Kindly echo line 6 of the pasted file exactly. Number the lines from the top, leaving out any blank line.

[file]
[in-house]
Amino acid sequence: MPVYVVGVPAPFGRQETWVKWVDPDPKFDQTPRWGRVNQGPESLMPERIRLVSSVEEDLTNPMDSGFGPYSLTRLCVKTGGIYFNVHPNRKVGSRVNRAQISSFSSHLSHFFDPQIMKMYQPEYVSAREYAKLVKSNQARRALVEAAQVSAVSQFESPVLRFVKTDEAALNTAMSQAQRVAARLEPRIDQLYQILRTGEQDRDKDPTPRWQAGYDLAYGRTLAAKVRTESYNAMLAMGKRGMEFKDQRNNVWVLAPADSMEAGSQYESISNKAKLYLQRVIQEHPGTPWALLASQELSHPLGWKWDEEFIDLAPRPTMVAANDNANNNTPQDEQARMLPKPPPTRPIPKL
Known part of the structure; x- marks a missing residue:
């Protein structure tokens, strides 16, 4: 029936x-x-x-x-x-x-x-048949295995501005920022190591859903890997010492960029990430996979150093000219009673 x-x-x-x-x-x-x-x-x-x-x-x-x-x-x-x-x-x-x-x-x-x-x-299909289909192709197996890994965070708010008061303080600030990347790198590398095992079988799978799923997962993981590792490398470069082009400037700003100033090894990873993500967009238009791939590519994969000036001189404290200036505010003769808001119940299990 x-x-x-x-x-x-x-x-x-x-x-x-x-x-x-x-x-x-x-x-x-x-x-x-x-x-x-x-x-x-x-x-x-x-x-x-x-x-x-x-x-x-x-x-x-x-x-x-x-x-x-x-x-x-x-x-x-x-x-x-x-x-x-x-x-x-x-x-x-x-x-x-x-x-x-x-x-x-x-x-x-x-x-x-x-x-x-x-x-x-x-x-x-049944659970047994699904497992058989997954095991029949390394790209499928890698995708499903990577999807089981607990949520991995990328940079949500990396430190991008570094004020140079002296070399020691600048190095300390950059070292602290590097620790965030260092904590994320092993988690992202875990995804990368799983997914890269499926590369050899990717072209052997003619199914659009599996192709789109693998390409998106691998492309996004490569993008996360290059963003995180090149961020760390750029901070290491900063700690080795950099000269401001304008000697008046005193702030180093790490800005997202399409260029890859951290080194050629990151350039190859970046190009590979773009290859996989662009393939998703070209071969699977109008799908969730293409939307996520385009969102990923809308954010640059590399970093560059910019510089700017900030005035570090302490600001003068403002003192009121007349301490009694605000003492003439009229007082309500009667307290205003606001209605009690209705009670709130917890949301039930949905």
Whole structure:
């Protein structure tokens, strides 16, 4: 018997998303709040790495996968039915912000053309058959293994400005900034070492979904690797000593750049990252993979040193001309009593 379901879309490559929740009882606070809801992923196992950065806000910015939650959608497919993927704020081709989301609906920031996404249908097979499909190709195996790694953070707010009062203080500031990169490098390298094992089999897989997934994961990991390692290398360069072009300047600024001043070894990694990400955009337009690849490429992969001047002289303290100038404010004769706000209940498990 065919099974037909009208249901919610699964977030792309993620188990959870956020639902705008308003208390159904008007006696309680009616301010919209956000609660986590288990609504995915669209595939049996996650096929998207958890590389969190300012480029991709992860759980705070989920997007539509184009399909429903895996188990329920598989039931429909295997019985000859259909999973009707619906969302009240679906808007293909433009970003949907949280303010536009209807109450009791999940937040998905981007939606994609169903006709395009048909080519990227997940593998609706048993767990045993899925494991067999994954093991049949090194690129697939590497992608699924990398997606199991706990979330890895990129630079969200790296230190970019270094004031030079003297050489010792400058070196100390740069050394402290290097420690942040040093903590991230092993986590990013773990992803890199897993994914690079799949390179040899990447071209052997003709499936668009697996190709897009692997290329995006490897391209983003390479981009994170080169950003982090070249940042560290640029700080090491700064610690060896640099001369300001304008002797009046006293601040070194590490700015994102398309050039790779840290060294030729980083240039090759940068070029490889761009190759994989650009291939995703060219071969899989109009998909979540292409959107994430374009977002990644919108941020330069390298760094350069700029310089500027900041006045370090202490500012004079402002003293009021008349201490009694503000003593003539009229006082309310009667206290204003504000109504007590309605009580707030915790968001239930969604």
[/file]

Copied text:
């Protein structure tokens, strides 16, 4: 018997998303709040790495996968039915912000053309058959293994400005900034070492979904690797000593750049990252993979040193001309009593 379901879309490559929740009882606070809801992923196992950065806000910015939650959608497919993927704020081709989301609906920031996404249908097979499909190709195996790694953070707010009062203080500031990169490098390298094992089999897989997934994961990991390692290398360069072009300047600024001043070894990694990400955009337009690849490429992969001047002289303290100038404010004769706000209940498990 065919099974037909009208249901919610699964977030792309993620188990959870956020639902705008308003208390159904008007006696309680009616301010919209956000609660986590288990609504995915669209595939049996996650096929998207958890590389969190300012480029991709992860759980705070989920997007539509184009399909429903895996188990329920598989039931429909295997019985000859259909999973009707619906969302009240679906808007293909433009970003949907949280303010536009209807109450009791999940937040998905981007939606994609169903006709395009048909080519990227997940593998609706048993767990045993899925494991067999994954093991049949090194690129697939590497992608699924990398997606199991706990979330890895990129630079969200790296230190970019270094004031030079003297050489010792400058070196100390740069050394402290290097420690942040040093903590991230092993986590990013773990992803890199897993994914690079799949390179040899990447071209052997003709499936668009697996190709897009692997290329995006490897391209983003390479981009994170080169950003982090070249940042560290640029700080090491700064610690060896640099001369300001304008002797009046006293601040070194590490700015994102398309050039790779840290060294030729980083240039090759940068070029490889761009190759994989650009291939995703060219071969899989109009998909979540292409959107994430374009977002990644919108941020330069390298760094350069700029310089500027900041006045370090202490500012004079402002003293009021008349201490009694503000003593003539009229006082309310009667206290204003504000109504007590309605009580707030915790968001239930969604």